Sunday, November 19, 2006

"Privileged" Perspective and the Mabul

[NOTE: 2/07 post; more from R. Kook]

[still a MAJOR work in progress]
I want to look at what HKBH Told Noach would happen, how it happened, and what he perceived of the experience and what is possibly Noach's "account" of the event. Rav Hirsch says something interesting regarding Adam - a Navi - naming in Bereshit 2:19 (all emphasis and italics mine):

"The position in the verse of the term 'nefesh hai' shows that it is to be taken as being in apposition to 'ha-adam': Man gives things names, not as God, Who sees things objectively as they are, but as nefesh hai, subjectively, from his own point of view as a nefesh an individual, hai, who receives the acceptable or rejectable impression of the things about him [did HKBH allow that First Man's perspective would be the means of language description? in this narrative?; see below regarding how this is narrative is potentially Adam's Nevuah prior to Moshe Rabbenu's]. It is according to the impression they make on him, that he gives them names. In these names he expresses the impression which his imagination forms of things, and thereby he indicates their 'sham' (hence the word 'shaim'), place in his world [which I emphasise, since his world is bracketed by his knowledge, formed by his perception], ranks them in the appropriate kind, species etc. of things. All knowledge of things is such a name-giving. But this knowledge is only subjective, is only 'ashair ikra lo ha adam nefesh hai', how a man calls things for himself, 'lo', what they are to him. What things really are, the true nature of things in themselves, no human eye sees [this I think is important regarding the narrative of Noach; Noach as possible source for the sections of the narrative that are not "Vayomair Hashem"...see below]. But although the 'nefesh hai' does refer back to the whole limited extent of human knowledge, nevertheless scepticism is opposed by the assurance which the addition of 'hoo shmo' gives, that, even if that which we know from the impression things make on us is not the whole truth of the real nature of things, still it does contain the truth. God, Who created Man and things...also guarantees men that the amount of knowledge of the nature of things which is granted him [Noach was only told so much, and from the 'other' direction, perceived so much?], is no deception. That this fraction of the truth is also true [for those for whom it mattered - Noach, his family, those who would hear the story from him - his portion was truth on several levels], and is as much of the truth of the real true nature of things that he requires in his association with things for the accomplishment of his mission on earth [see R. Kook below, also here], and that he may safely have confidence in it."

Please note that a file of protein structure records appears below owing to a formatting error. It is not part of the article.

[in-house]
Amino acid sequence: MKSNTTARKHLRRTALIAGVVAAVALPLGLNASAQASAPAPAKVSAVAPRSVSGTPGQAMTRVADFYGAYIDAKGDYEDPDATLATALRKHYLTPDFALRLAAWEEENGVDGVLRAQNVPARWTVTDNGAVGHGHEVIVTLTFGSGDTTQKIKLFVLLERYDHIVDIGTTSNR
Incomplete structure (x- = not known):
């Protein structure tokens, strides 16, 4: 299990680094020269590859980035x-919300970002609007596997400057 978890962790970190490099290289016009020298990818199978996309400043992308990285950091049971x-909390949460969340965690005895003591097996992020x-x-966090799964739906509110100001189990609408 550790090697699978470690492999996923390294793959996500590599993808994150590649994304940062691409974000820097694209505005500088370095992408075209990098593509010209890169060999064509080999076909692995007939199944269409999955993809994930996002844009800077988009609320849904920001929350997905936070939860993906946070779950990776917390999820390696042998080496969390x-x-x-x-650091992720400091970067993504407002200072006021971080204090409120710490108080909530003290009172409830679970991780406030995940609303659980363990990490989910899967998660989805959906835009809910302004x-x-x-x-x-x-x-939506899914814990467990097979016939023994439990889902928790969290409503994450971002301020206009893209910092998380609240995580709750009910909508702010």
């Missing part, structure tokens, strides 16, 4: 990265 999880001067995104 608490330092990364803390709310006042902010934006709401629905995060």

There is suggestion from within our mesorah (also recent addenda) that the Avot authored sefarim that were known by Moshe Rabbenu and in some manner were 'edited' into what became the Torah (there's also a Midrash regarding oral 'knowledge' of the people that similarly became integrated into Torah; see Spero piece). I tentatively suggest this is the case with the narrative of Noach based on the Daat Mikra introduction by [], who gives the sections [] as being derived from Noach. Assuming for a moment that The portion regarding Noach and his context [give Y. Kil's suggestion] is a "work of Noach" until the time it is Incorporated into "Torah from Sinai" - what was it's status over that time? Is this status lost or sublimated? Noteworthy would be R. Hirsch's final words; "as much of the truth of the real true nature of things that he requires in his association with things for the accomplishment of his mission on earth"; these words are mirror strongly by R. Kook below and recently R. Shlomo Fisher;